Equity, Diversity, and Inclusion in Teaching (EDIT)
Leads: Alisa Wade and Allison McConnell
Compensation: $500 for attending the majority of the workshops
Format: FLEX

The Equity, Diversity, and Inclusion Teaching (EDIT) Series includes six workshops, and is designed to offer faculty an introduction to basic concepts of equity, diversity, inclusion, and how they can be implemented in the classroom in order to create more equitable and accessible learning environments. Each workshop explores–and models–a different facet of student-centered and inclusive teaching through tools, resources, and strategies: positionality in the classroom, antiracist pedagogy, backward design, accessibility of course materials, culturally responsive teaching and the hidden curriculum, and practices of classroom community building. Workshops are each paired with a teaching guide (and other materials) and offer the opportunity for faculty to complete deliverables that they will be able to incorporate into their course(s) moving forward.

Grant Writing Support
In Development
Compensation: TBD

Leadership Development
Lead: Holly Nevarez
Compensation: $500
Format: TBD

The leadership development faculty learning community (FLC) will introduce leadership styles and strategies. This FLC is designed for you lead from wherever you are. Perhaps you are not a formal leader on campus, but find yourself leading other staff or students; perhaps you would like to be a formal leader someday and want to start to develop skills; or perhaps you are going to be a department Chair next year and want to start preparing. In any of those scenarios, this FLC is for you. We will talk about staffing, shared governance, facilitating meetings, managing difficult people, work to develop a leadership philosophy and more.

Publish and Flourish
Lead: Chris Fosen
Compensation: $500
Format: One online synchronous FLC and one in-person FLC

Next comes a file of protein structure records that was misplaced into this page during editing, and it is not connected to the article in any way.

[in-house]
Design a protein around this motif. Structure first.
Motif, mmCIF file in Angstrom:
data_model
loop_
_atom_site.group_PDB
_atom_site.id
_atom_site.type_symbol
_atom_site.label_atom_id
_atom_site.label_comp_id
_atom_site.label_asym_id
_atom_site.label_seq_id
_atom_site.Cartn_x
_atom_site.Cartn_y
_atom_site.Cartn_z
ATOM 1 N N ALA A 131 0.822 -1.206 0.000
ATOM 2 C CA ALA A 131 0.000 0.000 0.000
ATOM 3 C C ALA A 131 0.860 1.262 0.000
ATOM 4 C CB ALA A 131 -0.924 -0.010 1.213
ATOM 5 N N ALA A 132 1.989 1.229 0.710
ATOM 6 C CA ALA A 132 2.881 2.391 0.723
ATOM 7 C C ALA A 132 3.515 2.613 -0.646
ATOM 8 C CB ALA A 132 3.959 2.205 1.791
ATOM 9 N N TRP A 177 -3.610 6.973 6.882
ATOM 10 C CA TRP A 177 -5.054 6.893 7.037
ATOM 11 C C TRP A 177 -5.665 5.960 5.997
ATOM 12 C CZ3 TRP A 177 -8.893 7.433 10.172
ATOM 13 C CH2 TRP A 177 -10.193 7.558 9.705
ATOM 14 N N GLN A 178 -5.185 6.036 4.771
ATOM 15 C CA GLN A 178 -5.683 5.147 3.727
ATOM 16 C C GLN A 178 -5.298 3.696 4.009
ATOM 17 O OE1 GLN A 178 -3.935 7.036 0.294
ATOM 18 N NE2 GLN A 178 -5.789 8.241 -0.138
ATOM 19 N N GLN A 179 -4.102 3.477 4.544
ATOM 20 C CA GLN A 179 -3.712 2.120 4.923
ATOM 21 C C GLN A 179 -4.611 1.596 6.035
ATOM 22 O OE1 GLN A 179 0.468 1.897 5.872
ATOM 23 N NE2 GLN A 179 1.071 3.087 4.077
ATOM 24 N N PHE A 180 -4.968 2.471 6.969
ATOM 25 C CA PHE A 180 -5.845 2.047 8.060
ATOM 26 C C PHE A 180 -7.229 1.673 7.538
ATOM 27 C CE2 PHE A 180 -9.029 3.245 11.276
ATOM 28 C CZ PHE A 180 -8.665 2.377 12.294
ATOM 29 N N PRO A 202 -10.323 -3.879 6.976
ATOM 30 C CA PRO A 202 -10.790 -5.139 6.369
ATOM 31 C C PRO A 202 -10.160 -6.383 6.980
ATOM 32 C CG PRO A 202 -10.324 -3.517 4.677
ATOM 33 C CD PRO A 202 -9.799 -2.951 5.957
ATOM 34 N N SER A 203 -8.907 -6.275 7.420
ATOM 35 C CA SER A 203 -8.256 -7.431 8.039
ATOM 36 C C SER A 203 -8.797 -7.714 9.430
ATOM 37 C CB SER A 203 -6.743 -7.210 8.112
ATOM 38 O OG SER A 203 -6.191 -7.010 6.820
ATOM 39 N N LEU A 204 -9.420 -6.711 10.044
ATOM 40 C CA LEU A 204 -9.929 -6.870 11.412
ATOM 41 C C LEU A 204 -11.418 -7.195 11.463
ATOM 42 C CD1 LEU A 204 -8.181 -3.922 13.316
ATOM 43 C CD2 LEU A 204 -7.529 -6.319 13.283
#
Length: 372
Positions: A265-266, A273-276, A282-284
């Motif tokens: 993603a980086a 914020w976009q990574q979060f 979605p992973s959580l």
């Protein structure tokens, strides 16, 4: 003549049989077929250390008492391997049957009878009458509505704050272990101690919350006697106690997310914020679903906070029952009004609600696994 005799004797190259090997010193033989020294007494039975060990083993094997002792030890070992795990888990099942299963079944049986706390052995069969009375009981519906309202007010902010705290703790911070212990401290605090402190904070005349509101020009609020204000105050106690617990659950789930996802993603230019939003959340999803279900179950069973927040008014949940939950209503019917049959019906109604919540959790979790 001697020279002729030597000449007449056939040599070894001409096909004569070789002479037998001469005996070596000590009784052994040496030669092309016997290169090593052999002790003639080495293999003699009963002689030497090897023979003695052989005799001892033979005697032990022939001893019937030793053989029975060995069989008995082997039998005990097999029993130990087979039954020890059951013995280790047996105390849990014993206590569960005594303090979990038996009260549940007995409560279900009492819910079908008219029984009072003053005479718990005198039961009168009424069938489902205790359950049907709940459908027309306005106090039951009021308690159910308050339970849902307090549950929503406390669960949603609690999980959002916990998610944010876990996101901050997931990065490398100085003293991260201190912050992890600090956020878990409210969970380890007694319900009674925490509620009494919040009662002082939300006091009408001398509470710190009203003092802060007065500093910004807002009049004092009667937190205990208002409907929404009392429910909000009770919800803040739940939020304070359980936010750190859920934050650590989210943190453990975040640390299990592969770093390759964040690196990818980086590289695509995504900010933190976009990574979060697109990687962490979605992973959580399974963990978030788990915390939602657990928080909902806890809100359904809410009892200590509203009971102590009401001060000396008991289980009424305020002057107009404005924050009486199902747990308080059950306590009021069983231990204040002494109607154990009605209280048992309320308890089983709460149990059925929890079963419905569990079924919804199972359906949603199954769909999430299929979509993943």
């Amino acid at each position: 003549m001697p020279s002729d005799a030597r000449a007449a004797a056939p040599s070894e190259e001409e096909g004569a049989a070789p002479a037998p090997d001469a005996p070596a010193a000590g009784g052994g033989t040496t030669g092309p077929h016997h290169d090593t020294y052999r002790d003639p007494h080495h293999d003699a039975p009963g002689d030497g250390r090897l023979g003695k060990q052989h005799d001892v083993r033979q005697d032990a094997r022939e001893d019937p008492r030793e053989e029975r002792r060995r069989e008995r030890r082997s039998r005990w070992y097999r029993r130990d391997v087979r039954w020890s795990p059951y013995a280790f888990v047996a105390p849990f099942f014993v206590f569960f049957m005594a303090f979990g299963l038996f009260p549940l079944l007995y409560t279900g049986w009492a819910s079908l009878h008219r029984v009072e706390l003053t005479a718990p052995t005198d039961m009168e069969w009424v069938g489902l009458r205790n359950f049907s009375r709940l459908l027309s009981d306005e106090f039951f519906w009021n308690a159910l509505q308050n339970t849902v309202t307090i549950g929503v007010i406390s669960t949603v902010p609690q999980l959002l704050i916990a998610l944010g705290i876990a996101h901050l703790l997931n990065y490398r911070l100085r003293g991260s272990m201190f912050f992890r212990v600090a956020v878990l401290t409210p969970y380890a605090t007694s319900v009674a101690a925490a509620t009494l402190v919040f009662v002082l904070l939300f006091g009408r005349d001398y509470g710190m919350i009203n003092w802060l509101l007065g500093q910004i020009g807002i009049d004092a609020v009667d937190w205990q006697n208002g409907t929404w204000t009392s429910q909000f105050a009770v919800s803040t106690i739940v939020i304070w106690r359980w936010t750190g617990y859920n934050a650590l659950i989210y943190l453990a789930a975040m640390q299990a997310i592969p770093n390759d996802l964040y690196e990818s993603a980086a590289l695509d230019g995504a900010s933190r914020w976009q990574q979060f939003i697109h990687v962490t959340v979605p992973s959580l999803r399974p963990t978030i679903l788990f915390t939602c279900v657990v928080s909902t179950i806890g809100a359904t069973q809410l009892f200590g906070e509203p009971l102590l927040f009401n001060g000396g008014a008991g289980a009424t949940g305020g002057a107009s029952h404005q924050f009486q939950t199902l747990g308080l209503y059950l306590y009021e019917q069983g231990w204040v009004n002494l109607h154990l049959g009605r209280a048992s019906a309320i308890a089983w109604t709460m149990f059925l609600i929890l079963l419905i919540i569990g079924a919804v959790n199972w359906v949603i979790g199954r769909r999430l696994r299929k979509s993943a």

The Office of Faculty Development is bringing back faculty learning community (FLC) writing groups for the spring 2024 semester. After a survey was sent out in December 2023 to “Publish and Flourish” and “Write an Article in Twelve Weeks” participants about meeting preferences, we recognized the need for two distinct meeting patterns and goals for FLC participants. Faculty can select either option below:

  • Meeting one hour a week on Zoom for dedicated writing time with minimal interruption, for the purposes of getting words down on paper and providing mutual accountability.
  • Meeting two hours every other week in-person (flex possible) for time to reflect on their writing process, plan out benchmarks for completion, and share drafts in small groups of 2-4. These groups provide accountability and increased understanding of how writing time can mesh with other professional duties.

Participating faculty will receive $500 in taxable income for completing some significant portion of their writing goals, and attending all meetings (through week 13 or 14).

Teaching Climate Change & Resilience (TCCR)
Lead: Mark Stemen
Compensation: $500
Format: Online synchronous and asynchronous
Applications due on 12/15

Faculty participating in the TCCR FLC will learn from experts in the field about the science behind climate change, the solutions available to counter it, the need to incorporate justice into the conversation and the enormous anxiety all of this produces in our students. The five 90-minute sessions spread evenly throughout the semester will be held over Zoom, allowing faculty to form breakout rooms based on discipline for further discussion and curriculum development. In addition to changing their own courses, participating faculty will also become part of the systemwide network of colleagues focused on issues of climate change that formed after the first FLC, and learn how other faculty incorporate those issues across a wide spectrum of curricular disciplines.

Quality Learning and Teaching (QLT)
Lead: Allison McConnell
Compensation: $750
Format: Asynchronous online

The Quality Learning and Teaching (QLT) Program is an asynchronous, self-paced Canvas course structured around the QLT evaluation rubric. This QLT course is designed to meet core standards in the QLT instrument through the completion of eight modules with associated deliverables that guide you to fully redesign a course (or design a new course). Topics and deliverables focus on backwards design, student engagement, authentic assessment, inclusion and accessibility, and more. This QLT course requires a final course review. While focusing on online learning, QLT provides a framework that is applicable to all modes of instruction.

Finally, if you find yourself with time and an inclination toward professional development in the next few weeks, remember we have developed a 100% online and asynchronous course to help you redesign your classes in a world of generative AI. We also have our institutional subscription to the NCFDD with a variety of great resources. Or you could just get some rest–up to you!

Zach Justus
Director of Faculty Development